My conversation with James Bach yesterday was certainly the high spot of my StarWest 2009 experience. We talked about topics dear to our hearts, such as critical thinking, self-education, wrong-headed notions about what constitutes good testing practices, Shakespeare and more.
Bach is author and founder of Satisfice Inc., a software testing and quality assurance company, but mostly he’s known as an articulate, passionate writer and speaker. His philosophy of testing is controversial, because he believes that what software testers know from experience and self-education is as valuable, if not more important, than certifications.
He knows, he told me, that certifications and degree help testers get jobs from strangers. Both “pieces of paper” serve as verification that the person has the skills needed for the job. Unfortunately, neither really verifies that the holder can think critically or creatively about what’s needed to do the job in various situations or work on a team.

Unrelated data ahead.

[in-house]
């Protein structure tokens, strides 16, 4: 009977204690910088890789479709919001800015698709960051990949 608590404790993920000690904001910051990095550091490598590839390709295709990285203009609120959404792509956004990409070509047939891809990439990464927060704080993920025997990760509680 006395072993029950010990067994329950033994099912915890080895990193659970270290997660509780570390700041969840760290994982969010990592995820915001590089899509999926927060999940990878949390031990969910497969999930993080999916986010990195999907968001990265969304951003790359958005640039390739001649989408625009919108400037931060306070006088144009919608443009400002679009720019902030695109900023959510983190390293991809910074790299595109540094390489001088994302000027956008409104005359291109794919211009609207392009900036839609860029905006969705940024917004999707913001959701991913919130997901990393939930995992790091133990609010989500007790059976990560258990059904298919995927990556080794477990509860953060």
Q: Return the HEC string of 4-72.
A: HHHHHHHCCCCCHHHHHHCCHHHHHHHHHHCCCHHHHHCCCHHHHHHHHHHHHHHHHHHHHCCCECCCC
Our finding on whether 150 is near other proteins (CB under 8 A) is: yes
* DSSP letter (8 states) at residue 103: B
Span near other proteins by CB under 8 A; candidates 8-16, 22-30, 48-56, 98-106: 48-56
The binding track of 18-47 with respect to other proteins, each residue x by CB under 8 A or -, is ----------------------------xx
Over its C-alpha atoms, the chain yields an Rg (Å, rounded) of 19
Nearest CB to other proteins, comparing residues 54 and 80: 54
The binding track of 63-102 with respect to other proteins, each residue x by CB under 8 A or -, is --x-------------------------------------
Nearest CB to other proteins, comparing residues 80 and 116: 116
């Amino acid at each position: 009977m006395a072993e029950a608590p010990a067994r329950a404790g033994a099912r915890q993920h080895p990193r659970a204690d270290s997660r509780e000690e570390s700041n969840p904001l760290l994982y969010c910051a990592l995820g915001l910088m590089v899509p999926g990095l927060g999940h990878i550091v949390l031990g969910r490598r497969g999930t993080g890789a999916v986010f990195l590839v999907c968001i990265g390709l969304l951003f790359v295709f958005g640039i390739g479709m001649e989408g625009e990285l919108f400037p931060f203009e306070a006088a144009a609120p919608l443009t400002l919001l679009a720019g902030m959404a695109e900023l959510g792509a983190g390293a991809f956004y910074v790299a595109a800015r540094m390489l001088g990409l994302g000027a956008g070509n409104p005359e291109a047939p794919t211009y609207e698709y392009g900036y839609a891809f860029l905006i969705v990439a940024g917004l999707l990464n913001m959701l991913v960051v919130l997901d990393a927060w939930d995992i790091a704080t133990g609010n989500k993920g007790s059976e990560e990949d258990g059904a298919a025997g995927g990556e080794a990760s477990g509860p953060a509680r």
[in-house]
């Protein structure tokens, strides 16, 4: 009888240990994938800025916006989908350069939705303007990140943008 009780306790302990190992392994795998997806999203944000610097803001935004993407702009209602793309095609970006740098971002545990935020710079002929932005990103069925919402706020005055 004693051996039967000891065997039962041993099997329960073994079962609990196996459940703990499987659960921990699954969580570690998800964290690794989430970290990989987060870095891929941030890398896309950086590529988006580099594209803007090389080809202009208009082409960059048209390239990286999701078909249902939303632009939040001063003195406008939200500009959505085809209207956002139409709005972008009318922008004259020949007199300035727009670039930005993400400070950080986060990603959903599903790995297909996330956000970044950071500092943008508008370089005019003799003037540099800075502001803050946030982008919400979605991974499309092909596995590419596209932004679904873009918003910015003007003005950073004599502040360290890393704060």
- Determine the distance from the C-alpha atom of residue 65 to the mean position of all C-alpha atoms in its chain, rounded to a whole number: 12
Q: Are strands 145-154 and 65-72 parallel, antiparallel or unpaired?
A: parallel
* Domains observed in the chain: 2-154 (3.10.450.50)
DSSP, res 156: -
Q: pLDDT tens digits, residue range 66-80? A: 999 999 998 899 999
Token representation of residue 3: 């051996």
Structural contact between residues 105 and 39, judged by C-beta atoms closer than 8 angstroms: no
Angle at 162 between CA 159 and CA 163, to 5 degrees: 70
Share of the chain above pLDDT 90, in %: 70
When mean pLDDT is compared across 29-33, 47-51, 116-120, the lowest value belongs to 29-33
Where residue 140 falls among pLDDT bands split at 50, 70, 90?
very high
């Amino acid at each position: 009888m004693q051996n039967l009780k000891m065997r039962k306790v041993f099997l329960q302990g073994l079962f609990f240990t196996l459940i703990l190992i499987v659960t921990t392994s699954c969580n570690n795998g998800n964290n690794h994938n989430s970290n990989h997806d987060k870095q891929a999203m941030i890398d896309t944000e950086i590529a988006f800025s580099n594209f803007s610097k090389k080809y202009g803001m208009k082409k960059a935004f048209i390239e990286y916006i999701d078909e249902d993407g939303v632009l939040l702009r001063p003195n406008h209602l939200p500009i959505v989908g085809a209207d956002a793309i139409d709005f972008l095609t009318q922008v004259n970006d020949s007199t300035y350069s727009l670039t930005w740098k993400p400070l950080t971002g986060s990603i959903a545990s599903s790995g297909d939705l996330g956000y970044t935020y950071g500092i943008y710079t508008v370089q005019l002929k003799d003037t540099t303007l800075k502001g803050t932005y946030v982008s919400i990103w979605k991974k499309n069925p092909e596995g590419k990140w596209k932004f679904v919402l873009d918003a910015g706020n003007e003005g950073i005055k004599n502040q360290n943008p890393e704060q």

That said, Bach is much more interested in personal fulfillment and the acquisition of real and not rote learning. He serves up his lifelong self-eduction journey in his new book, Secrets of a Buccaneer-Scholar. It’s taken years to write, he said, because he had to have experiences before he could write about them.
Besides self-education, Bach is currently on a quest to get test organizations to re-examine the concept of rigor in software testing. “Too often, they’re doing their testing rigorously, but they’re also doing their testing incorrectly,” he told me. Rigorously doing something wrongly compounds problems instead of solving them. He sees too many test managers equating success with the large number of tests run and defects found instead of effectiveness. You can read more of his views on test rigor in Mike Kelly’s interview with him, titled James Bach interview: Dispelling software testing myths
As I said, our conversation took off on many tangents, touching on our love for Kenneth Branaugh’s Shakespeare films and the cool things about testers, one of which is their curiosity. This experience was what actually going to conferences is all about, meeting people in person and talking about a little bit of everything.